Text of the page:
Depp’s slurs, swashbuckling glimmer with hope in ‘Tides’
Did you know that there are theme-park rides that allow you to recreate all the fun and excitement you felt while watching "Alien vs. Predator?" How about all those beloved memories you shared with your family with those countless viewings of the World War II submarine thriller "U-571?" Or maybe you'd like to share quality time with the kids by taking them on the ride based on the "Saw" films.
The list of rides based on films is lengthy ("Wayne's World's" The Hurler, anyone?), but the list is short for the reverse. That is why expectations were so low when way back in 2002 Disney announced it was working on an epic based on its stalwart Pirates of the Caribbean ride.
Much to everyone's surprise, they pulled it off, largely due to the playful vision of director Gore Verbinski and the iconic performance of Johnny Depp as Capt. Jack Sparrow.
"The Curse of the Black Pearl" became a unexpected phenomenon that had the potential of becoming this generation's Indiana Jones.
Much like Indy, Sparrow's subsequent adventures proved pale comparisons to the exhilarating original, but still managed to satiate the masses and make massive bank.
Also much like the Indiana Jones franchise, "Pirates" decided to return to its well a fourth time after a few years’ distance. And, just as with the indefatigable Dr. Jones, absence did not make the heart grow fonder with this latest installment, "On Stranger Tides."
Jack Sparrow himself is still as engaging as ever; it's just a shame the adventure charted by new "Pirates" director Rob Marshall is simply more of the same, this time getting dragged into a search for the Fountain of Youth. Gone without explanation are previous partners Elizabeth Swann (Keira Knightley) and Will Turner (Orlando Bloom). In their stead, we have old flame Angelica (played by Penelope Cruz) and young missionary Philip (Sam Claflin).
Barbossa (played by Geoffrey Rush) returns, and Blackbeard (played by Ian McShane) is introduced, along with about a dozen other inconsequential characters that serve to puff up the picture like a frilly pirate shirt. What should have been a scrub-down of the franchise's cluttered poop deck instead welcomes aboard even more passengers to the leaking, overstuffed vessel.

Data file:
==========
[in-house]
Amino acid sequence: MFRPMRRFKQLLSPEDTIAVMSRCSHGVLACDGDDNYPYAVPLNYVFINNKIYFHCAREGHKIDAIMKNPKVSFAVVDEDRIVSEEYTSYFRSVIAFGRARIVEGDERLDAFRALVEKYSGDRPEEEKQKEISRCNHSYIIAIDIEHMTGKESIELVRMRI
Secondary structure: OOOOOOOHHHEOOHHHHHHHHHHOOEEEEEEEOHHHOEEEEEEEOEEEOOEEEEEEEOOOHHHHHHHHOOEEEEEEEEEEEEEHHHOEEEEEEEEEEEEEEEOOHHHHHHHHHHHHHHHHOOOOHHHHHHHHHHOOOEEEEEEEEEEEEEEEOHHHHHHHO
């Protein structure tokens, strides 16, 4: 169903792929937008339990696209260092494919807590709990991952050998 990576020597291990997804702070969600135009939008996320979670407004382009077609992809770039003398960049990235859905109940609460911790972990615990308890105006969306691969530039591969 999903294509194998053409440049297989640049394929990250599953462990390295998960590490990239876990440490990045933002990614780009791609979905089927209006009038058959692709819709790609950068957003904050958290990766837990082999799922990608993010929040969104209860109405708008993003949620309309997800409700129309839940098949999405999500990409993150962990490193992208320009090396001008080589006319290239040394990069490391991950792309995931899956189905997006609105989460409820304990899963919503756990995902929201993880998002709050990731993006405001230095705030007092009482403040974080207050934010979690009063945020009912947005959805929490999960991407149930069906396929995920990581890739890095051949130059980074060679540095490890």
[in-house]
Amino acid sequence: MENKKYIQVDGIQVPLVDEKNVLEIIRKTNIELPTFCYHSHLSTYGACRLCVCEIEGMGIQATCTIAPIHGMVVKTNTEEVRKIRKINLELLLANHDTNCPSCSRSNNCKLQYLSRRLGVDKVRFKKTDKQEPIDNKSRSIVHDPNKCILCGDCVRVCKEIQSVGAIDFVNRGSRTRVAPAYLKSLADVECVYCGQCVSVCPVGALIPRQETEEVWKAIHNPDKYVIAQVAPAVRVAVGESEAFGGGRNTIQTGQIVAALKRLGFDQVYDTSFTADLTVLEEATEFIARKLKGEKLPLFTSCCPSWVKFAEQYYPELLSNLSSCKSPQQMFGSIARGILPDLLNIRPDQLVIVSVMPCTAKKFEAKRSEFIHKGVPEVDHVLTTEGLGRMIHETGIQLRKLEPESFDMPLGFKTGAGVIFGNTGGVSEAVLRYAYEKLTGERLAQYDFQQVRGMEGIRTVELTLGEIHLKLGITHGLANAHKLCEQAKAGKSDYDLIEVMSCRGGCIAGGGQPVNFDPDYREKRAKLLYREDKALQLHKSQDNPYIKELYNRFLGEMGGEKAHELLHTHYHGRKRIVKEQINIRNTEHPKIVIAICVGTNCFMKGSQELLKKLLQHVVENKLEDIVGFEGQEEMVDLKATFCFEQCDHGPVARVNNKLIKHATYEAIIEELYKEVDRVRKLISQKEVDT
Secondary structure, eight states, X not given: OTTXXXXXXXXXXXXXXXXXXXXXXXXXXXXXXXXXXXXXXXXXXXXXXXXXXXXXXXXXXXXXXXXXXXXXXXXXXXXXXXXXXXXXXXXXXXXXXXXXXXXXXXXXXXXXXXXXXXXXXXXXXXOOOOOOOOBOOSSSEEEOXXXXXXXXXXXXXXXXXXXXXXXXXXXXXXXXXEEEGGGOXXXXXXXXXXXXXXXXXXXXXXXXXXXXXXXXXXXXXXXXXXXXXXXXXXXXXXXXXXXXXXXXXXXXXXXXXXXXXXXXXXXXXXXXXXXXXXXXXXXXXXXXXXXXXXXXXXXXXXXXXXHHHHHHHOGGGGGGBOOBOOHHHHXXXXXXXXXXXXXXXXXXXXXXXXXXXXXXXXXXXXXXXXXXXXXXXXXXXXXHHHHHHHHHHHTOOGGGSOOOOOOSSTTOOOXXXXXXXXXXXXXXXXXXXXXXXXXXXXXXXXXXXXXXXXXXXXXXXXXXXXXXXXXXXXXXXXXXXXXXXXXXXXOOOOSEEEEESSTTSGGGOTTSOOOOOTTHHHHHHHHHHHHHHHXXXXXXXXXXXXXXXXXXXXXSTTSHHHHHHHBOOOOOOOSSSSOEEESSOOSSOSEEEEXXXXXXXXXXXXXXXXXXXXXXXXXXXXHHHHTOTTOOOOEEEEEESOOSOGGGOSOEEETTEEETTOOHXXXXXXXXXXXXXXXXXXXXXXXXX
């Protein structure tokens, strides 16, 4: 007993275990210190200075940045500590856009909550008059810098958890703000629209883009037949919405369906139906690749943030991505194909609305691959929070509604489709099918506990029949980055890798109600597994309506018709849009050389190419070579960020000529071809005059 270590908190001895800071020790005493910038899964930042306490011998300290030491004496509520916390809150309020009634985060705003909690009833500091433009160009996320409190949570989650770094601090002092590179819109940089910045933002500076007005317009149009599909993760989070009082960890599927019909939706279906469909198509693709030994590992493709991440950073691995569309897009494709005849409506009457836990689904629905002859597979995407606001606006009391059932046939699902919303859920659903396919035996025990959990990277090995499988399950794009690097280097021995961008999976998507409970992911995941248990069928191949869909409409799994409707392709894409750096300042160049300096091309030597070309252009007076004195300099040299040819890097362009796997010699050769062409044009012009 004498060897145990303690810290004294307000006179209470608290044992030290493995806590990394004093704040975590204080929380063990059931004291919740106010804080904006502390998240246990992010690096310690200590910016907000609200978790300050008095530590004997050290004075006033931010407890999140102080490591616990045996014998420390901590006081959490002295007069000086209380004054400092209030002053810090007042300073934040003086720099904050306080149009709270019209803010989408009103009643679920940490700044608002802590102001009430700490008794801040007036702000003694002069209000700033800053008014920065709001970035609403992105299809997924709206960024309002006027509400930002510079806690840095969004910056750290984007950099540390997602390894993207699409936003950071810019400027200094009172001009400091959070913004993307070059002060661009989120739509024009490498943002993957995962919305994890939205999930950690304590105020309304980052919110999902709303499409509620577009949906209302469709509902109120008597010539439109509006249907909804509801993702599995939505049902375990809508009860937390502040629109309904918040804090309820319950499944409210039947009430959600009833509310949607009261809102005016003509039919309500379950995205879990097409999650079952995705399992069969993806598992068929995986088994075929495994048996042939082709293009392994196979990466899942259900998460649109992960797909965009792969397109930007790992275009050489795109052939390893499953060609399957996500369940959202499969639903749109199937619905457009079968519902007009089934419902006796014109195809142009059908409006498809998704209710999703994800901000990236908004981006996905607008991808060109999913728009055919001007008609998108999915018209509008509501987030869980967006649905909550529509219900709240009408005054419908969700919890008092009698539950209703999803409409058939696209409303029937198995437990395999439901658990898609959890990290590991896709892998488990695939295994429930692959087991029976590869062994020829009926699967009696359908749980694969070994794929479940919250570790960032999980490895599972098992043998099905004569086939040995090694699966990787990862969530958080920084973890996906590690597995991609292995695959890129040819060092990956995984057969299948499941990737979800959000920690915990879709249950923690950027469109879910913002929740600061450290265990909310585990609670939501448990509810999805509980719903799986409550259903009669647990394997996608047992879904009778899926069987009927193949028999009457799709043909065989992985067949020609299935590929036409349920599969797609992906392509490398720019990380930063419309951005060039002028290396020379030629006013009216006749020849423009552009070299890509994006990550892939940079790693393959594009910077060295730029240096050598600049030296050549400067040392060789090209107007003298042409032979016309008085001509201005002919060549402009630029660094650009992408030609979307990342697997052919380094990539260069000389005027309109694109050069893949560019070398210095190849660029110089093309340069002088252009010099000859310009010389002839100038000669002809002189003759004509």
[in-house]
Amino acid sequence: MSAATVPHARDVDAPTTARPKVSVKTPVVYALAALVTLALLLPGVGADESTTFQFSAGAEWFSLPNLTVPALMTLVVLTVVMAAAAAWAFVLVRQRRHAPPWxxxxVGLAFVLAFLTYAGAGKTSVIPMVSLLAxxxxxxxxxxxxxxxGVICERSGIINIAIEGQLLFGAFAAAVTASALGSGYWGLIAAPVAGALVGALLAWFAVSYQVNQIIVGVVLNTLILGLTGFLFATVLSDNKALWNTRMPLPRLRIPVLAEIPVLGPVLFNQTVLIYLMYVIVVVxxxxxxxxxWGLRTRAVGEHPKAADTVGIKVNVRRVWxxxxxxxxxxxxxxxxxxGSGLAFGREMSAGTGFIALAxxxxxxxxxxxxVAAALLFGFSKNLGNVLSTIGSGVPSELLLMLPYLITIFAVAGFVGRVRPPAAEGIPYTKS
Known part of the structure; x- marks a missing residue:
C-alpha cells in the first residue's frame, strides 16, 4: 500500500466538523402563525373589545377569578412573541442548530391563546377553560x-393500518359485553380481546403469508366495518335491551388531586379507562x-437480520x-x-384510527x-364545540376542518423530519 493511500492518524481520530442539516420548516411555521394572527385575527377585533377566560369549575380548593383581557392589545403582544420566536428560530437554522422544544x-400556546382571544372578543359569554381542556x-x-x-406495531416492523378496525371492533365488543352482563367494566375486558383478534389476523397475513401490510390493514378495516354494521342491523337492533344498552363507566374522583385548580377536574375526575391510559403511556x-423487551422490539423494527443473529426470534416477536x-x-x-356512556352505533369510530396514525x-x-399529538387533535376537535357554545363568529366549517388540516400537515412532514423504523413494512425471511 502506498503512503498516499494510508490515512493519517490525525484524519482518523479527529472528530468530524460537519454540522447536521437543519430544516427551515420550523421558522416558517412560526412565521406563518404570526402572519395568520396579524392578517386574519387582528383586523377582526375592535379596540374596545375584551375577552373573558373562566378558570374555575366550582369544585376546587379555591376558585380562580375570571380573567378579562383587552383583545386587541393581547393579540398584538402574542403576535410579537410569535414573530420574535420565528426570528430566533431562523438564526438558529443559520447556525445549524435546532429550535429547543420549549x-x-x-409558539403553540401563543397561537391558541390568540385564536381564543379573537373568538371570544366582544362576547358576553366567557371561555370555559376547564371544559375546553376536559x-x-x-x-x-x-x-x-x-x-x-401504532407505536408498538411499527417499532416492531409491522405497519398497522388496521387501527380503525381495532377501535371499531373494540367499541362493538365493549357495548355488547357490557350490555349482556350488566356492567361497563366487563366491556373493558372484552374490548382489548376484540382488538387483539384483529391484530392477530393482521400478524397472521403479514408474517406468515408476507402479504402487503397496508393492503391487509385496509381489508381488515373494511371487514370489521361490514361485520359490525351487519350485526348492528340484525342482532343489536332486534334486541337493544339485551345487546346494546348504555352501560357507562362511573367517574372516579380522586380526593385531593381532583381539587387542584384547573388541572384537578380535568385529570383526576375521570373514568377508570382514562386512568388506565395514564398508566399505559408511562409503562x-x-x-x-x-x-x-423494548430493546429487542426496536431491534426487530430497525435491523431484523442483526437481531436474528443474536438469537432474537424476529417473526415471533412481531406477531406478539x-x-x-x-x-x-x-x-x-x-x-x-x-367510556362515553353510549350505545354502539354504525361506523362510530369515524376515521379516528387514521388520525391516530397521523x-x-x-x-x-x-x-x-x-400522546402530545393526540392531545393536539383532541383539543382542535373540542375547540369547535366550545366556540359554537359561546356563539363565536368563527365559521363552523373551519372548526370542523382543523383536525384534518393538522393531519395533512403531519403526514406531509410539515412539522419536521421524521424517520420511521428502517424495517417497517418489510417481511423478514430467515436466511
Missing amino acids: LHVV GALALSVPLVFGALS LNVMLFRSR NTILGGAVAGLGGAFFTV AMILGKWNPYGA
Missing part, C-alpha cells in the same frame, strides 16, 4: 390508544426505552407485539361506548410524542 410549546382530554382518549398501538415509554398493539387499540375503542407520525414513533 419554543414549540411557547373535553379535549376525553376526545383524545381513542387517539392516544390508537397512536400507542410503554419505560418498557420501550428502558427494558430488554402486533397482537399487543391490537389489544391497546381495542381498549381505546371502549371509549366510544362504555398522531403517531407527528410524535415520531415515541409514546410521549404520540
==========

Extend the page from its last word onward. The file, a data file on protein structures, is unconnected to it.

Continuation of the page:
This is the first installment pimped out in 3D, and aside from some shameless thrusts at the audience, it's merely a throwaway gimmick.
If ever there was a film series that could benefit from that cinematic trickery, it's "Pirates," what with the sprawling oceanic settings and the intricate ships that toss about. But Marshall did not actually film it in 3D, and the subsequent retrofitting only muddies the film more.
The most frustrating aspect of "Tides" is the overall feeling of a tremendous opportunity missed. With its Fountain of Youth plot line, the film had the chance to both literally and figuratively start anew.
Throughout, the film feels labored to the point of exhaustion, with only Depp slurring and swashbuckling with glimmers of hope.
Blackbeard's a bore, Barbossa's regulated to a mere afterthought, and a bit with a human-mermaid romance was more engaging in another Disney flick called "Splash." The action mechanically motors along, coupled with a jaunty "you-have-to-get-excited" score that would invigorate scenes of napping. But there is an overall lack of peril throughout, as though we are safely behind the lap bars of a park ride, witnessing the spectacle without once becoming involved with it.
I guess that is one positive about "Tides." It does come closer to recreating the synthetic nature of the actual Disney attraction than any of the previous films.